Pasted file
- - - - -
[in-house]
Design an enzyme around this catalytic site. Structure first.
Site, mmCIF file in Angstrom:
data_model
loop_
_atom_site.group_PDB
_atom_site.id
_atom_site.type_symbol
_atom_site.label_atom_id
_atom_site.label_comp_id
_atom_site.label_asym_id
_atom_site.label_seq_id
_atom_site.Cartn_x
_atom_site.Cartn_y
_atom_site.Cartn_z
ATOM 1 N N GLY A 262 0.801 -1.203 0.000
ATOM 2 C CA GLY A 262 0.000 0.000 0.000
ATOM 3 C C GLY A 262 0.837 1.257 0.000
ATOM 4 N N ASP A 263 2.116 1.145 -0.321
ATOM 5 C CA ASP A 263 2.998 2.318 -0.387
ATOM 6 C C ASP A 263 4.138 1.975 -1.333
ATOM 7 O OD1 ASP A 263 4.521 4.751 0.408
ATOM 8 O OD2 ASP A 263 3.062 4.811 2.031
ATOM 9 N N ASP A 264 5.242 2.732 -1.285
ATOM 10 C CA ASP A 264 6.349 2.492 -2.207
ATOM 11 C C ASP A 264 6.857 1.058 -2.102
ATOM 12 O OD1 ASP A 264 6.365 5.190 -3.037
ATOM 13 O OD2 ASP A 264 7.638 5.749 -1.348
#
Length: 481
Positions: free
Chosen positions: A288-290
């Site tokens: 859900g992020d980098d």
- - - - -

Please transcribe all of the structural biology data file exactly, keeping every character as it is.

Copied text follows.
[in-house]
Design an enzyme around this catalytic site. Structure first.
Site, mmCIF file in Angstrom:
data_model
loop_
_atom_site.group_PDB
_atom_site.id
_atom_site.type_symbol
_atom_site.label_atom_id
_atom_site.label_comp_id
_atom_site.label_asym_id
_atom_site.label_seq_id
_atom_site.Cartn_x
_atom_site.Cartn_y
_atom_site.Cartn_z
ATOM 1 N N GLY A 262 0.801 -1.203 0.000
ATOM 2 C CA GLY A 262 0.000 0.000 0.000
ATOM 3 C C GLY A 262 0.837 1.257 0.000
ATOM 4 N N ASP A 263 2.116 1.145 -0.321
ATOM 5 C CA ASP A 263 2.998 2.318 -0.387
ATOM 6 C C ASP A 263 4.138 1.975 -1.333
ATOM 7 O OD1 ASP A 263 4.521 4.751 0.408
ATOM 8 O OD2 ASP A 263 3.062 4.811 2.031
ATOM 9 N N ASP A 264 5.242 2.732 -1.285
ATOM 10 C CA ASP A 264 6.349 2.492 -2.207
ATOM 11 C C ASP A 264 6.857 1.058 -2.102
ATOM 12 O OD1 ASP A 264 6.365 5.190 -3.037
ATOM 13 O OD2 ASP A 264 7.638 5.749 -1.348
#
Length: 481
Positions: free
Chosen positions: A288-290
């Site tokens: 859900g992020d980098d």